That being said, I would be dishonest if I portrayed myself as the all knowing pro, so here is my background:
I spent most of my life in manual labor, the machine trades and am a licenced aircraft mechanic. After 13 years and 2 layoffs at the Boeing company, I decided to pursue what I always felt I should, cooking. I have some college though I never took a degree home.
Worker retraining funds being available, I enrolled in culinary school at age 43. I finished the 22 month course in 14 months and was graduated based on merit. I worked my arse off to achive that.
I worked some hours at a local event facility doing banquet work and had 3 job offers when I took the one as second cook at my current employer. With a summer season of heavy traffic and a 120 degree kitchen awaiting, the chef of five years balked, and cut his own hours. Then quit.
My first saturday night on the line alone (with my cranky townie side cook at the time plating starch and veg) I did 92 covers off of 22 tables in 3 hours. In mid july. After service I had to sit outside for half an hour, pouring water over my head. I could barely speak and was incoherant.
I was basically the last man standing, but had I not proven I could do the job, I wouldn't have it. ( I work cheap as well).
If I don't show the restaurant is screwed. I can't be late, and I can't call in sick. Ever. I get paid what a good lead cook does in the area, no bennes whatsoever. I'm on salary so I get no OT.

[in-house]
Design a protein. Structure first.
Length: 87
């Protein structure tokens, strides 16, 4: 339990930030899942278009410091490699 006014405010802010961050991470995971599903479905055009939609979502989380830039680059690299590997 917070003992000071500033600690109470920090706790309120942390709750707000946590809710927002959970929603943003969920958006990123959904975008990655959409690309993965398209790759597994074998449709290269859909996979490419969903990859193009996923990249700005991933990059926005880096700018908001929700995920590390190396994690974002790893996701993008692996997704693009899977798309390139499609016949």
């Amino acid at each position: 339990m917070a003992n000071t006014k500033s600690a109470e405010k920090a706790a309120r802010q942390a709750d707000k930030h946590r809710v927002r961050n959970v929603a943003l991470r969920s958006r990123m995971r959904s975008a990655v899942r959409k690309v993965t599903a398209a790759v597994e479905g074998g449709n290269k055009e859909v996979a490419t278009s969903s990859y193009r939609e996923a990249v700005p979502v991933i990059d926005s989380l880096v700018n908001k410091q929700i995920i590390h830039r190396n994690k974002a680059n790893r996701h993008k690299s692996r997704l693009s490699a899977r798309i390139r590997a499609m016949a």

I am anything but overconfident (but have to exhibit some in public), and under normal circumstances would not feel in over my head at all. But this place run dramatically differently from any place I have seen or heard about.
I am both very lucky and hard up against it at the same time. I feel like I have risen to the challenge, raised the level of the food, and deliverd on customer satisfaction, while recieving little in the way of guidance, equipment, or labor hours in support.
I only consider my name in the same breath as the word 'chef' as that plate that goes out is mine. My recipe. My presentation.
So when I come here asking questions and soliciting views, it really is an honest plea for knowledge on the way things should be.
That being said, I do have some good advisors, both CIA trained with over 55 years of experience in hotels, restaurants, corporate dining rooms etc. I lean on the for advice extensively. So when I show them my menu and tell them my FC is 35% and they say that's not bad, and the owner says it IS bad, I am in quite the quandry.
I went into this business eyes wide open. But this place is weird, and different, and non-standard. I am just trying to apply standard kitchen practices and methods.
The problem is attitudes, entrenched thinking and fear of change.
So far, I've met every commitment, and done everything I have said I was going to do, exceeding that most of the time. I don't think I have anything to prove. I say I'm going to get it done? It gets done.
Yet this constant questioning of my ideas and decisions is an annoying distraction that also undermines my authority.